Brain scans reveal that staunch members of both parties ignore evidence that puts their own candidate in a bad light. What is worse is that they even show brain characteristics common in drug addicts.
Researchers asked staunch party members from both sides to evaluate information that threatened their preferred candidate prior to the 2004 Presidential election. The subjects' brains were monitored while they pondered.
The results were announced today.
"We did not see any increased activation of the parts of the brain normally engaged during reasoning," said Drew Westen, director of clinical psychology at Emory University. "What we saw instead was a network of emotion circuits lighting up, including circuits hypothesized to be involved in regulating emotion, and circuits known to be involved in resolving conflicts."
The test subjects on both sides of the political aisle reached totally biased conclusions by ignoring information that could not rationally be discounted, Westen and his colleagues say.
Then, with their minds made up, brain activity ceased in the areas that deal with negative emotions such as disgust. But activity spiked in the circuits involved in reward, a response similar to what addicts experience when they get a fix, Westen explained.
The study points to a total lack of reason in political decision-making.
So what does that mean for "office politics?" You are a manager. Three subordinates provide ideas for a solution to a vexing problem. Do you choose the best idea, or do you choose the idea submitted by the person you like the most? Of course you are unbiased. We all believe we are. But this study would imply that sometimes we aren't, and we don't even realize it.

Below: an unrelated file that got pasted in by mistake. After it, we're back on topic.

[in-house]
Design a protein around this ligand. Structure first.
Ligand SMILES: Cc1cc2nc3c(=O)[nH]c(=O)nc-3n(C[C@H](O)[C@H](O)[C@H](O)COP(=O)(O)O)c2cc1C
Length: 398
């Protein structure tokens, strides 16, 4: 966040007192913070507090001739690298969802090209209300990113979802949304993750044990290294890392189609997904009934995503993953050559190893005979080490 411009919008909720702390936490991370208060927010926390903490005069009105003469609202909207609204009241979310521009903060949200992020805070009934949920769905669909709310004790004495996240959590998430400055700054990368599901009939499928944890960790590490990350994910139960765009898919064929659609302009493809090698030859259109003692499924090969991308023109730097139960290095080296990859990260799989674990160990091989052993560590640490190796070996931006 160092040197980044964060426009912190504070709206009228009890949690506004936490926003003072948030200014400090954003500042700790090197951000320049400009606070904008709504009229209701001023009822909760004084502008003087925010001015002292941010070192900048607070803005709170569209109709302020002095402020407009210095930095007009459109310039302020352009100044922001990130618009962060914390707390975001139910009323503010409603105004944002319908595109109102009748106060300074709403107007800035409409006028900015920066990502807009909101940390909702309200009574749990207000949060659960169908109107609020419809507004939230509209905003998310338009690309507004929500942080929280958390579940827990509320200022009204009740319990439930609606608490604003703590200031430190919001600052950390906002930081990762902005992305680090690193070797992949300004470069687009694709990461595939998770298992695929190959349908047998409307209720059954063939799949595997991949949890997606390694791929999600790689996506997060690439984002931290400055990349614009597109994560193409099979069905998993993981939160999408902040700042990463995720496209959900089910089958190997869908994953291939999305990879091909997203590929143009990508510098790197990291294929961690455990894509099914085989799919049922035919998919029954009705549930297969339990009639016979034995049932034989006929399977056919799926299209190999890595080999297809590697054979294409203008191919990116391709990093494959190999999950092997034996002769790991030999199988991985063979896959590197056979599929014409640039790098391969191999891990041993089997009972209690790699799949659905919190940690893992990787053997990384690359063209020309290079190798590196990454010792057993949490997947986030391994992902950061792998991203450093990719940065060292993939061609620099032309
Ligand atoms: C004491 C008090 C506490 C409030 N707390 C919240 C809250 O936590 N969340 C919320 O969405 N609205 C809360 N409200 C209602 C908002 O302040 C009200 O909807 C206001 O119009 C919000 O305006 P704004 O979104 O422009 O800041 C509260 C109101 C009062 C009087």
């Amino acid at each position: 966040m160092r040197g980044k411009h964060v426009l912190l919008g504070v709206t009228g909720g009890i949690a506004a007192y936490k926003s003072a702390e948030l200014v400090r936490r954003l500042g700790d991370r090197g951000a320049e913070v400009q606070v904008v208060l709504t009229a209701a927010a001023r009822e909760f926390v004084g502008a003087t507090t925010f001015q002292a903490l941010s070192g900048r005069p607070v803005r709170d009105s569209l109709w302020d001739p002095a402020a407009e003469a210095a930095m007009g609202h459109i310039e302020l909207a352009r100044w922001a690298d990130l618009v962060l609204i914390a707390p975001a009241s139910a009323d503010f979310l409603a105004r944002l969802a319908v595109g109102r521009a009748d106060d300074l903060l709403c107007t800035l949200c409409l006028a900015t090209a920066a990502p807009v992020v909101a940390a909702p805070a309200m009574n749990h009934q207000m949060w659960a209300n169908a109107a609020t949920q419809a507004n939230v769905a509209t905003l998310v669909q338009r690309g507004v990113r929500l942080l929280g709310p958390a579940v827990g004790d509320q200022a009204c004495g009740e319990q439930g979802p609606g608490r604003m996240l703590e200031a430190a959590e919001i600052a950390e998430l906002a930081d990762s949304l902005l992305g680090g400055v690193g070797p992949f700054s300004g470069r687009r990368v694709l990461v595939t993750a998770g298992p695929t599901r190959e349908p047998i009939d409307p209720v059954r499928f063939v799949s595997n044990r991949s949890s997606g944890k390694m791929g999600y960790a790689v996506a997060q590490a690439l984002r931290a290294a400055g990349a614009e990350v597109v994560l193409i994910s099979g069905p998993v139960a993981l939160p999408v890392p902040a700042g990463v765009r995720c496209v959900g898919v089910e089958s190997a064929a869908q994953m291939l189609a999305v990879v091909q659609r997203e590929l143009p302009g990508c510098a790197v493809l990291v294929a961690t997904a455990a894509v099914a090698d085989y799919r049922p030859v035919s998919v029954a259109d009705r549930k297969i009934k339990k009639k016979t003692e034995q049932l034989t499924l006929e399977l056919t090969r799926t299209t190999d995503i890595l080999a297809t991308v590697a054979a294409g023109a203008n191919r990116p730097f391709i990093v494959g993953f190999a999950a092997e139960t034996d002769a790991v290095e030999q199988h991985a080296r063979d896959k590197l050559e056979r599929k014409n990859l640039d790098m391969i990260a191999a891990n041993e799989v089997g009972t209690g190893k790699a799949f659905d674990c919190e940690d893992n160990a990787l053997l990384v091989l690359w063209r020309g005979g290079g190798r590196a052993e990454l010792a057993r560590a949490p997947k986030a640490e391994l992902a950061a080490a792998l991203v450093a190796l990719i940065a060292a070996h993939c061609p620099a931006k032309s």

The first question is for me is, how do we avoid this problem? I think being aware of the potential is a good start. Ask if it is possible that your friendship with a co-worker is influencing the decision. Feedback from unbiased parties will also help. Find people that aren't affected by the consequences of the decision.
The more interesting question, in my opinion, is this – what do you do if you are the victim of this issue? Can you bring it to light in a way that doesn't make you the bad guy? It won't work to say "you only picked his idea because you liked him more." Actually, even implying that in a round-about way will problemably get you a nasty label at work. The only solution I can think of is to accept it and try to be a little more pre-emptive next time. But if any of you have better ideas, I'm all ears (or eyes, I guess, since you will have to leave them in the comments).